MFA Multi-factor Authentification 2FA Image credit Pixabay/Brett_Hondow

Bill Mann, chief product officer for Centrify
Bill Mann, chief product officer for Centrify

Centrify has announced enhancements to Centrify MFA (Multi-Factor Authentication). The announcement focussed on two specific areas of improvement; new platforms and new authentication factors.

Bill Mann, chief product officer of Centrify said: “Centrify is committed to protecting businesses against cyberattacks that target both end users and privileged IT users. We are extending our MFA capabilities to Windows to better secure end users and their devices. For privileged IT users, we’ve added additional server operating systems, as well as enforcing MFA when remote sessions are initiated, and on privileged password checkout. Our integrated MFA capabilities clearly differentiate our solution from the competition when it comes to securing access across today’s hybrid infrastructure and apps environment.”

The benefits of multi factor authentication

Companies looking to secure their systems are more frequently turning to multi-factor or two factor authentication. Passwords are notoriously weak as users prefer something easy to remember over something secure. They can be easily cracked and data files containing password lists are frequently sold on the darknet. Even when their passwords are compromised, users are reluctant to change them. A recent Centrify report revealed that when asked to change their passwords less than 66% actually did so. In the US that number is 53%.

Centrify has expanded their solution by making it available on Windows and Unix servers. There is also extended server support for MFA at login to Unix systems running IBM AIX, HP-UX and Oracle Solaris. Centrify is also supporting laptops and desktops running the Windows operating system. While desktop’s may seem secure to many they are not. It is easy to access applications and websites from the desktop because passwords are either cached in memory or left on post-it notes attached to screens.

While Unix systems are often fairly secure, the weakest link is still the password. Bringing their solution to the platform will see Centrify offer a solution in a market that not many others cover. One company that does so is Duo but Centrify offers more authentication factors. That list was also added to in this latest release.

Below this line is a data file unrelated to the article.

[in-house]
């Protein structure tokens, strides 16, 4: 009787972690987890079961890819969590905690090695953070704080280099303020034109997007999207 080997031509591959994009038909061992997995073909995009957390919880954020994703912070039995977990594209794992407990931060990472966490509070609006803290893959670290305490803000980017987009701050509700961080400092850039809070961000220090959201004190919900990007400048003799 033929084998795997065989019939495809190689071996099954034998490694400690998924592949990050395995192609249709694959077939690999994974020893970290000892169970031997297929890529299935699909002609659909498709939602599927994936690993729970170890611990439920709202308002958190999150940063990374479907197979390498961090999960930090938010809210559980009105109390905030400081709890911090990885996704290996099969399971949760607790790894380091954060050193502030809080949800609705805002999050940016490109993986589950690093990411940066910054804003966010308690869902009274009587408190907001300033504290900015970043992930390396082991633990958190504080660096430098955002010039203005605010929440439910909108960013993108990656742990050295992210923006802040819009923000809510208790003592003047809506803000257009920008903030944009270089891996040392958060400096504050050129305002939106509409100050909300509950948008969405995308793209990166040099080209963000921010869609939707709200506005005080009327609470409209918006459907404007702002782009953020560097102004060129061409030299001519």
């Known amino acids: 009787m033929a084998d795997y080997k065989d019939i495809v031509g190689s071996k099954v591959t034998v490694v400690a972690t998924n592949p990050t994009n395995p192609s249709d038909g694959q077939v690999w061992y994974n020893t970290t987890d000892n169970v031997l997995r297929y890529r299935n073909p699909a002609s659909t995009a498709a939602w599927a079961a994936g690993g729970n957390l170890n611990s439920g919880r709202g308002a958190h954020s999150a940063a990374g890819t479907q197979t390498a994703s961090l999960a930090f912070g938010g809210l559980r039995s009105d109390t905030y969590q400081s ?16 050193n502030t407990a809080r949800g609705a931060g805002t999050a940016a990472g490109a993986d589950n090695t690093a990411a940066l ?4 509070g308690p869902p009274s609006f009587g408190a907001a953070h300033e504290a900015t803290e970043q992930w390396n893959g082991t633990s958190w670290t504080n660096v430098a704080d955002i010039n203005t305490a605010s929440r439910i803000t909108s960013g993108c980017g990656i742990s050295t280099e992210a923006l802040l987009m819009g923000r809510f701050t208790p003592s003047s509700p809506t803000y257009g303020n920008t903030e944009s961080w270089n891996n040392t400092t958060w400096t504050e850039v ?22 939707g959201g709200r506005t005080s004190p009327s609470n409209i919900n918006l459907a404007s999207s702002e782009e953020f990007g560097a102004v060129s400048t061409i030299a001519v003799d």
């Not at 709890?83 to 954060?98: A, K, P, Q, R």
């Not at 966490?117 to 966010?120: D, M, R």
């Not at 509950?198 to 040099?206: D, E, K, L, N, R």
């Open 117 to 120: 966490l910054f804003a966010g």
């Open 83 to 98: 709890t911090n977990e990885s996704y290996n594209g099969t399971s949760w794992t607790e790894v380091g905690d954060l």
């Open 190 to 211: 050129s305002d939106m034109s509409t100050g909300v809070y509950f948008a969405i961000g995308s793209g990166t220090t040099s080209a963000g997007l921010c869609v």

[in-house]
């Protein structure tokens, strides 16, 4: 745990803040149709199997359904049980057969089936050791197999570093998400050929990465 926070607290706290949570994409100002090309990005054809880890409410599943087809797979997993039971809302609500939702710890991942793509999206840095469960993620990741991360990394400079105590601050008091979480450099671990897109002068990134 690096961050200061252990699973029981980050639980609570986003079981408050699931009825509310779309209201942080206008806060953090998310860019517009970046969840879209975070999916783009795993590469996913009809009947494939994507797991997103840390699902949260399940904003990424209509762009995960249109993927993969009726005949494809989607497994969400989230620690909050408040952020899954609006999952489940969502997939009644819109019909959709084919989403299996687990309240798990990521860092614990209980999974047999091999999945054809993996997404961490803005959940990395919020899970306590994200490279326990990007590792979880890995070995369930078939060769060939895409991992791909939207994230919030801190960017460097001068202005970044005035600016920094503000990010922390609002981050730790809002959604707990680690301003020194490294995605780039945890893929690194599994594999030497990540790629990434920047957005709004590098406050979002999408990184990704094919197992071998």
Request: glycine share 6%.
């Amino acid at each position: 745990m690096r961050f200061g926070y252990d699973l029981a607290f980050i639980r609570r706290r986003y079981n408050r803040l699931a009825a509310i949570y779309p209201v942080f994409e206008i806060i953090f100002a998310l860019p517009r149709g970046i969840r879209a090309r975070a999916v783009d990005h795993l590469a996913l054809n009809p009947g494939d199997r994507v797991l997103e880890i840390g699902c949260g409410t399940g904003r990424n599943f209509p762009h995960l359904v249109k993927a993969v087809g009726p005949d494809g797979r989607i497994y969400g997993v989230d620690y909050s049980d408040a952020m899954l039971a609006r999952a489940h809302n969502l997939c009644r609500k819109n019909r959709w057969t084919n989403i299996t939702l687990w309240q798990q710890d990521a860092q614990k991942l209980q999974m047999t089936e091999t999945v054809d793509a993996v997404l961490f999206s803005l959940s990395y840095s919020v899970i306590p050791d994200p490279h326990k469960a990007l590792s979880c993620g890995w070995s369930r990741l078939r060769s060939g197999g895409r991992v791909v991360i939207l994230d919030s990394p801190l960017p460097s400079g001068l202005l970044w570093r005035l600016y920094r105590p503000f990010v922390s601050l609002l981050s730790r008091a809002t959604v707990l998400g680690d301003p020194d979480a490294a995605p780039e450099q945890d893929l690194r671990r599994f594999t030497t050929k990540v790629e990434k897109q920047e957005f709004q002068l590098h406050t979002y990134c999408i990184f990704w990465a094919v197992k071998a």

Additional authentication factors

The Centrify solution does not just support the legacy token-based authentication solutions such as RSA with its support for Radius servers. They have also added support for several other methods. These include voice calls, email, SMS, mobile authenticator, OATH-based OTP, Yubikeys and/or Smart Cards.

Smart Card login is new. Centrify has added support for them into the Centrify Identity Service and Centrify Privilege Service portals. In addition, derived credentials on mobile devices are now supported. The term derived credentials, refers to cryptographic credentials stored on a mobile devices that are derived from the Personal Identity Verification (PIV) card or Common Access Card (CAC). This allows users to use their mobile phone rather than a card for things such as payments, and in this case authentication.


These latest improvements to the Centrify platform provide benefits for both business and end users. For the enterprise they are now able to extend MFA to more of their solutions simply. In doing this the challenge is to avoid alienating users by making it harder for them to login. In ensuring that they use more of the latest MFA factors available.

Centrify are hoping to make sure that their solution is attractive to the end user. Introducing additional security levels that are onerous can lead to even worse security breaches as users look to work around the problem. The point of MFA is not to inhibit use of the systems, it is to ensure that their use is compliant. Thus avoiding the fines that authorities now have the legal right to levy.


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